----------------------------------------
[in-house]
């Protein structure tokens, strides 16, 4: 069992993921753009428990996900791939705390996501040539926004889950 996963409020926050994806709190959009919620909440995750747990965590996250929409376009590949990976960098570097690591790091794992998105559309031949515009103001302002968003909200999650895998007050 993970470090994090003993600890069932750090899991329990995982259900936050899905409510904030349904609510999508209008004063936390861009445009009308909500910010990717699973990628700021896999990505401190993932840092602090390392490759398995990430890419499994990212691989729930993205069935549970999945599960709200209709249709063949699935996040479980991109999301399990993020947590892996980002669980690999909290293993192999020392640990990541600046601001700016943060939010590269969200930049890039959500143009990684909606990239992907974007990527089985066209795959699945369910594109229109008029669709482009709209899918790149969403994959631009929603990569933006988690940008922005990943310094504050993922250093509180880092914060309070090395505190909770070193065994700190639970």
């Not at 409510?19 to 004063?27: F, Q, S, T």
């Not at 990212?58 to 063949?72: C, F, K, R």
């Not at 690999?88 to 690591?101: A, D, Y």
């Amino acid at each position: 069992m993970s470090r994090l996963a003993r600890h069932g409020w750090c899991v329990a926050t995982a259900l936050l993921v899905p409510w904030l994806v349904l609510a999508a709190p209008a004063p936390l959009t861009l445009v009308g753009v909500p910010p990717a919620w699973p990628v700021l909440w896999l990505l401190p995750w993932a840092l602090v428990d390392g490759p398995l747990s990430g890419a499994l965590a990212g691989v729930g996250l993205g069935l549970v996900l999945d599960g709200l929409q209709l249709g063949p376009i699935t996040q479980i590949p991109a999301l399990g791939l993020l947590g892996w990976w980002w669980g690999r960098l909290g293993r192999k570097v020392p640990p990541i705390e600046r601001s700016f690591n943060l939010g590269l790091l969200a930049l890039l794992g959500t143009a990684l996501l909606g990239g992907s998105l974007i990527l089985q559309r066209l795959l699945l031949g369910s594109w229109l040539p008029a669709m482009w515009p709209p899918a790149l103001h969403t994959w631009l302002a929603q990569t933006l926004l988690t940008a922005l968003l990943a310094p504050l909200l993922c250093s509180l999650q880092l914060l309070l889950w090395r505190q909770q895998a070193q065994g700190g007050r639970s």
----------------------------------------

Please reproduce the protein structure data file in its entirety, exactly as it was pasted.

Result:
[in-house]
């Protein structure tokens, strides 16, 4: 069992993921753009428990996900791939705390996501040539926004889950 996963409020926050994806709190959009919620909440995750747990965590996250929409376009590949990976960098570097690591790091794992998105559309031949515009103001302002968003909200999650895998007050 993970470090994090003993600890069932750090899991329990995982259900936050899905409510904030349904609510999508209008004063936390861009445009009308909500910010990717699973990628700021896999990505401190993932840092602090390392490759398995990430890419499994990212691989729930993205069935549970999945599960709200209709249709063949699935996040479980991109999301399990993020947590892996980002669980690999909290293993192999020392640990990541600046601001700016943060939010590269969200930049890039959500143009990684909606990239992907974007990527089985066209795959699945369910594109229109008029669709482009709209899918790149969403994959631009929603990569933006988690940008922005990943310094504050993922250093509180880092914060309070090395505190909770070193065994700190639970």
């Not at 409510?19 to 004063?27: F, Q, S, T």
């Not at 990212?58 to 063949?72: C, F, K, R």
């Not at 690999?88 to 690591?101: A, D, Y």
């Amino acid at each position: 069992m993970s470090r994090l996963a003993r600890h069932g409020w750090c899991v329990a926050t995982a259900l936050l993921v899905p409510w904030l994806v349904l609510a999508a709190p209008a004063p936390l959009t861009l445009v009308g753009v909500p910010p990717a919620w699973p990628v700021l909440w896999l990505l401190p995750w993932a840092l602090v428990d390392g490759p398995l747990s990430g890419a499994l965590a990212g691989v729930g996250l993205g069935l549970v996900l999945d599960g709200l929409q209709l249709g063949p376009i699935t996040q479980i590949p991109a999301l399990g791939l993020l947590g892996w990976w980002w669980g690999r960098l909290g293993r192999k570097v020392p640990p990541i705390e600046r601001s700016f690591n943060l939010g590269l790091l969200a930049l890039l794992g959500t143009a990684l996501l909606g990239g992907s998105l974007i990527l089985q559309r066209l795959l699945l031949g369910s594109w229109l040539p008029a669709m482009w515009p709209p899918a790149l103001h969403t994959w631009l302002a929603q990569t933006l926004l988690t940008a922005l968003l990943a310094p504050l909200l993922c250093s509180l999650q880092l914060l309070l889950w090395r505190q909770q895998a070193q065994g700190g007050r639970s």